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An appeal of a state board's finding that three abortion-providing clinics in Arkansas violated the Women's Right-to-Know Act was returned to state court on Wednesday after a federal judge said he lacked jurisdiction.

On Jan. 22, just hours after Pulaski County Circuit Judge Tim Fox made a preliminary finding that billing restrictions imposed on the clinics were illegal, the attorney general's office transferred the case to federal court.

Then late last month, an attorney for the clinics asked U.S. District Judge Billy Roy Wilson, to whom the case was assigned, to send the case back to Fox's court, complaining that the attorney general's office was engaging in improper "forum-shopping."

In an order issued late Wednesday afternoon, Wilson said there are no federal claims pending in the case, which is an appeal of an administrative decision of the Arkansas Board of Health.

"It appears to me that the only issue currently raised in this case is whether the [board] has complied with the Arkansas Administrative Procedures Act, and whether it should be ordered to comply with the act," Wilson wrote, explaining that without a federal claim to decide, he lacks jurisdiction.

The Board of Health found in October that the clinics -- operated by Planned Parenthood and Little Rock Family Planning Services -- had violated a state law barring clinics from collecting payment for abortion-related services during the state's mandated 48-hour waiting period before the procedure.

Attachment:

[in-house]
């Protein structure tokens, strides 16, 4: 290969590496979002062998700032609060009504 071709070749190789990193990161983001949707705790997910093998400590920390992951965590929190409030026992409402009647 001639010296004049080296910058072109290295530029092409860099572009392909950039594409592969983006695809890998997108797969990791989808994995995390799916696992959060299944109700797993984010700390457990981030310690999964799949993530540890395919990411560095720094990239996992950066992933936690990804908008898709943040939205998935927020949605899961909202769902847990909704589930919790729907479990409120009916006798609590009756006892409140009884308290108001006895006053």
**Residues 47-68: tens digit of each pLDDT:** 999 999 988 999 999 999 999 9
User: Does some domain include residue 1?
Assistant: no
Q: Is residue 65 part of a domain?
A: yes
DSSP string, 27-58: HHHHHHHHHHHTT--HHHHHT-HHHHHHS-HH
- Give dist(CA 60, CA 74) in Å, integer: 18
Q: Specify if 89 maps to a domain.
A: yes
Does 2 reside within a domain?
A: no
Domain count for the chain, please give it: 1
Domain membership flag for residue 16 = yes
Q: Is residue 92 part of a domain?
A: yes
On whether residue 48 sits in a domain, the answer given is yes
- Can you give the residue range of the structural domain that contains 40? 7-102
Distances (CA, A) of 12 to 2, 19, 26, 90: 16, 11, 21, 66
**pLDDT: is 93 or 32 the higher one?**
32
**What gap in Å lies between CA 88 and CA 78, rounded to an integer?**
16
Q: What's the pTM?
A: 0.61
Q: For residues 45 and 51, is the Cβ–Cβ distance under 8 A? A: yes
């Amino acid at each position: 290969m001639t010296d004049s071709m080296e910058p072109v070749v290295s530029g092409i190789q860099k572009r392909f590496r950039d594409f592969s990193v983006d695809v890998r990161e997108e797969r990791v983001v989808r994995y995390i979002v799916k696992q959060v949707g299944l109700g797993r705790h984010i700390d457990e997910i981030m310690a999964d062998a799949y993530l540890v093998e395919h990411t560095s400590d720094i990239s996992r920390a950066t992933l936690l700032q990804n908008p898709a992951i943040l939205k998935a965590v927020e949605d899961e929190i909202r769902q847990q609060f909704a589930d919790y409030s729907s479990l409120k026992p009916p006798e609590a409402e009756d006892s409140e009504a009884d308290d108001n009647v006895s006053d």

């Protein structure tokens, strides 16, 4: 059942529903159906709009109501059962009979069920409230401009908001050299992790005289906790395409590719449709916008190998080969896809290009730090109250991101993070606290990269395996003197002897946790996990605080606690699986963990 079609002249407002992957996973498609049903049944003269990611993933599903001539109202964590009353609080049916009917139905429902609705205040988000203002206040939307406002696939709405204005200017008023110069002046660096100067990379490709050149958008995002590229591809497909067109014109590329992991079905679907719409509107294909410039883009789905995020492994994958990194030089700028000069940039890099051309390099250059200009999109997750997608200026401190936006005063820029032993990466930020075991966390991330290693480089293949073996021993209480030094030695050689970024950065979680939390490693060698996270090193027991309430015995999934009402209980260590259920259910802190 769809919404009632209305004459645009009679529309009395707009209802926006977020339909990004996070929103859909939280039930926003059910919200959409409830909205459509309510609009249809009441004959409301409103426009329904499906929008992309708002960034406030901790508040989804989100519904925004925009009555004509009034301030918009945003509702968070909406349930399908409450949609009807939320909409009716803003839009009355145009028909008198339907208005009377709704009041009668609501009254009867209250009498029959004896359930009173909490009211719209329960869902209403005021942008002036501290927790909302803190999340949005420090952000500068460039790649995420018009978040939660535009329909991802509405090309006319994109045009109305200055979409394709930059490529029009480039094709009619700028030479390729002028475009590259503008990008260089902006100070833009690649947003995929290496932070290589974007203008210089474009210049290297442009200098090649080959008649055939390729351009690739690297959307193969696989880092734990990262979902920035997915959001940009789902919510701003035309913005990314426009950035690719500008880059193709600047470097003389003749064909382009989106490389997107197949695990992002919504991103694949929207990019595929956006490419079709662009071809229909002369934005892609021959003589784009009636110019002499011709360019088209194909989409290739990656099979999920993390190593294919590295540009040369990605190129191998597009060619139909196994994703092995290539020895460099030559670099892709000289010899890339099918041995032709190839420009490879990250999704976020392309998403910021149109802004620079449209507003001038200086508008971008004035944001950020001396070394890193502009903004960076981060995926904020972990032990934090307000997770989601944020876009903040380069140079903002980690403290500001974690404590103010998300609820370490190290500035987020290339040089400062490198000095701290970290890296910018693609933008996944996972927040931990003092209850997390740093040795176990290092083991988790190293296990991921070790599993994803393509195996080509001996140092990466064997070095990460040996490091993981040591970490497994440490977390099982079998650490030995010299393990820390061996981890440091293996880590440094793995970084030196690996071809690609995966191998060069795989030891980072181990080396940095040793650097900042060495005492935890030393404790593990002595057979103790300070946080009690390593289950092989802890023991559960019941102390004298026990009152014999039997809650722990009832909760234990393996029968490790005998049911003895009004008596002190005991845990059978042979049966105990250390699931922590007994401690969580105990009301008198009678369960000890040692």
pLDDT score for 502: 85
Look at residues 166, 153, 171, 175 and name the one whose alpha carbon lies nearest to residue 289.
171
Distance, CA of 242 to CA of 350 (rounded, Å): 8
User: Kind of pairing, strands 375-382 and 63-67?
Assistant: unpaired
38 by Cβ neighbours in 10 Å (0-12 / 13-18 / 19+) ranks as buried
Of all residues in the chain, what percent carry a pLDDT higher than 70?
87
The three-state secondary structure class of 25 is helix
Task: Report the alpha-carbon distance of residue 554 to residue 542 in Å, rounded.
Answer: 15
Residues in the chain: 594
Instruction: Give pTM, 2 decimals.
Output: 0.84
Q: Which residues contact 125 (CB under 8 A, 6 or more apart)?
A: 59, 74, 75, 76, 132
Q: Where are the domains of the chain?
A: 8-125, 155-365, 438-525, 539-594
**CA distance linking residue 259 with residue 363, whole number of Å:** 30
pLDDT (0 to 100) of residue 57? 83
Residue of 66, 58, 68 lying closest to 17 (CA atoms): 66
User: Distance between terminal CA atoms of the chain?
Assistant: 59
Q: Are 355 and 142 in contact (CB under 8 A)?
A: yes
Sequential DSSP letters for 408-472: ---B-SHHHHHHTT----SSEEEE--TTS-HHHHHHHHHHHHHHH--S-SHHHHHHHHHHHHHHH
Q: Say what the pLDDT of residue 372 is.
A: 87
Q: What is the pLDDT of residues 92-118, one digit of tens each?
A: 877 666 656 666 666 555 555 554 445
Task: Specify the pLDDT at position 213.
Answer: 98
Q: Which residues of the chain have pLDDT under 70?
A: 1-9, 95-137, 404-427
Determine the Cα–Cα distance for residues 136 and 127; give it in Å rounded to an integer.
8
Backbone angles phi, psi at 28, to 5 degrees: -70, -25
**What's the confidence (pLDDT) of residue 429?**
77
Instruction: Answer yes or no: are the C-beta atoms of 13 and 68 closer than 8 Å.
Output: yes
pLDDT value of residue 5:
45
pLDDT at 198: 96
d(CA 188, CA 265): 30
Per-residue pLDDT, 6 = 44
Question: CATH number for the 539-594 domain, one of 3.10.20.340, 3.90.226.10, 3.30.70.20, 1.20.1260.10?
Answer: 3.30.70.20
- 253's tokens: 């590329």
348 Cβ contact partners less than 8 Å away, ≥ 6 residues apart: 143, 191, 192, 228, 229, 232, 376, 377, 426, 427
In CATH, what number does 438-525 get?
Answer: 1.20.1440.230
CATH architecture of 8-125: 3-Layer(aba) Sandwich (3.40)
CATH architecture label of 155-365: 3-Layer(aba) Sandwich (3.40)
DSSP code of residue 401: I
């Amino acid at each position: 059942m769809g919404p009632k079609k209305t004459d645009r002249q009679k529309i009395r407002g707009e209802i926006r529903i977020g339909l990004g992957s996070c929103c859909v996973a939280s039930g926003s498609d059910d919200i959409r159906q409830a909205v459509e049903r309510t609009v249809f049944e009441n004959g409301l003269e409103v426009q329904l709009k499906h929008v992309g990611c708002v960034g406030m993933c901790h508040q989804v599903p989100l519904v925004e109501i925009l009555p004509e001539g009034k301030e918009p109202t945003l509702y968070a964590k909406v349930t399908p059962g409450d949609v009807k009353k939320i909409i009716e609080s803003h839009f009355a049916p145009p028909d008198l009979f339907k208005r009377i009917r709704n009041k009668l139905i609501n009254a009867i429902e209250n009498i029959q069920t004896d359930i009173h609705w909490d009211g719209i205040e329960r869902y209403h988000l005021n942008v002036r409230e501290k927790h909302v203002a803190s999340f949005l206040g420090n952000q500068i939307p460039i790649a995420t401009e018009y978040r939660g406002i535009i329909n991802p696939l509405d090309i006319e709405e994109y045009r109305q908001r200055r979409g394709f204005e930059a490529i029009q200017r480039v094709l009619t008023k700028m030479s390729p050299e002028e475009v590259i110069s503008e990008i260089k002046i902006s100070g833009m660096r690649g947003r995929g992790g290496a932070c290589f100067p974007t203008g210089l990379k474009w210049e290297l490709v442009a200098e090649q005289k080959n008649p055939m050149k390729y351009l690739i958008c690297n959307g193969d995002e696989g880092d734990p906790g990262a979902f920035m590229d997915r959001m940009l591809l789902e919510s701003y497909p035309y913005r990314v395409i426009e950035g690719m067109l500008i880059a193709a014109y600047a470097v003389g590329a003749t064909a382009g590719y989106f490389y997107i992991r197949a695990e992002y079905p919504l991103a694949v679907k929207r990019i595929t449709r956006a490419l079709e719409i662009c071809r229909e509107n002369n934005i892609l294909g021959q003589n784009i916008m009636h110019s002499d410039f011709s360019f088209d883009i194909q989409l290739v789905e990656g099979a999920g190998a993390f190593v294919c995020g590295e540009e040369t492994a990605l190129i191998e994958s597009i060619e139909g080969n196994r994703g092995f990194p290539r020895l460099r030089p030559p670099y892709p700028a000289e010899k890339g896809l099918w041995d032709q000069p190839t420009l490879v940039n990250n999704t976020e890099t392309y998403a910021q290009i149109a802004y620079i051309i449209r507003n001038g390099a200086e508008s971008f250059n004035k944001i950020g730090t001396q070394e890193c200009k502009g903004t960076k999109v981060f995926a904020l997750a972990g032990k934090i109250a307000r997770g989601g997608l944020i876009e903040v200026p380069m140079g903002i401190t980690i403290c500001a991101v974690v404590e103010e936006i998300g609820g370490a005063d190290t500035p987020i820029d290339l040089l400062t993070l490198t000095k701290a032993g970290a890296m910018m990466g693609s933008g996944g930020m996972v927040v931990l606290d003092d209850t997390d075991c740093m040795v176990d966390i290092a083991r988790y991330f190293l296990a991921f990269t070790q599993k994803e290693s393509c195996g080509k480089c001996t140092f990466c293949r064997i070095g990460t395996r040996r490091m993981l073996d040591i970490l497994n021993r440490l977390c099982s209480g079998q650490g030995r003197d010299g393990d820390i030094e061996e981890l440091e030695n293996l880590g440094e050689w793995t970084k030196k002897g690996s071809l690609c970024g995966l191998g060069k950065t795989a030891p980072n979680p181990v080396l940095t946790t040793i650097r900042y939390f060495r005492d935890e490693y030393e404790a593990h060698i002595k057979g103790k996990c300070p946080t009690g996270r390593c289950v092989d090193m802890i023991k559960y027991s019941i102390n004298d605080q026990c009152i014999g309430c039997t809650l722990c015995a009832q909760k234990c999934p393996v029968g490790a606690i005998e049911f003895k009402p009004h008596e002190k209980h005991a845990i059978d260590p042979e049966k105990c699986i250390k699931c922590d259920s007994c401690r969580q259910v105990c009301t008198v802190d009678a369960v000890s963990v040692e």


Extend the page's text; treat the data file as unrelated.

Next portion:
Fox's ruling temporarily blocked state regulators from continuing to impose the billing restrictions on the clinics. He said the prohibition will remain effective until a trial is held or a higher court intervenes.

The state then chose to seek a federal court's review of the case instead of appeal the preliminary ruling to the Arkansas Supreme Court.

Fox found a "substantial probability" that the billing law -- Arkansas Code 20-16-1703 -- is unconstitutional. He asked if either side knew of any similar state-imposed restrictions on how medical providers bill patients, noting that he hadn't found any.

But when the case was transferred out of his court, he still hadn't made a final decision and was considering whether to dismiss the appeal.

On Friday, attorneys for the state argued that the clinics waited more than 30 days -- the statutory time limit -- to ask that the case be remanded to state court. They also said that attorneys for the clinics had withdrawn their remand motion upon realizing an "error" in it, so there was no remand motion for Wilson to decide.

The state attorneys said the only way Wilson could remand the case back to Fox's court would be if he decided on his own that he lacked subject-matter jurisdiction. They said "no one disputes -- nor could they -- that this [federal] court clearly has subject-matter jurisdiction over this action. Therefore, remand is not permitted."

Wilson disagreed.

A little over an hour after Wilson's order was filed, the attorney general's office filed a notice that it intends to appeal the remand to the 8th U.S. Circuit Court of Appeals in St. Louis.

Metro on 03/14/2019

Print Headline: Federal judge sends abortion-clinic case back to state court


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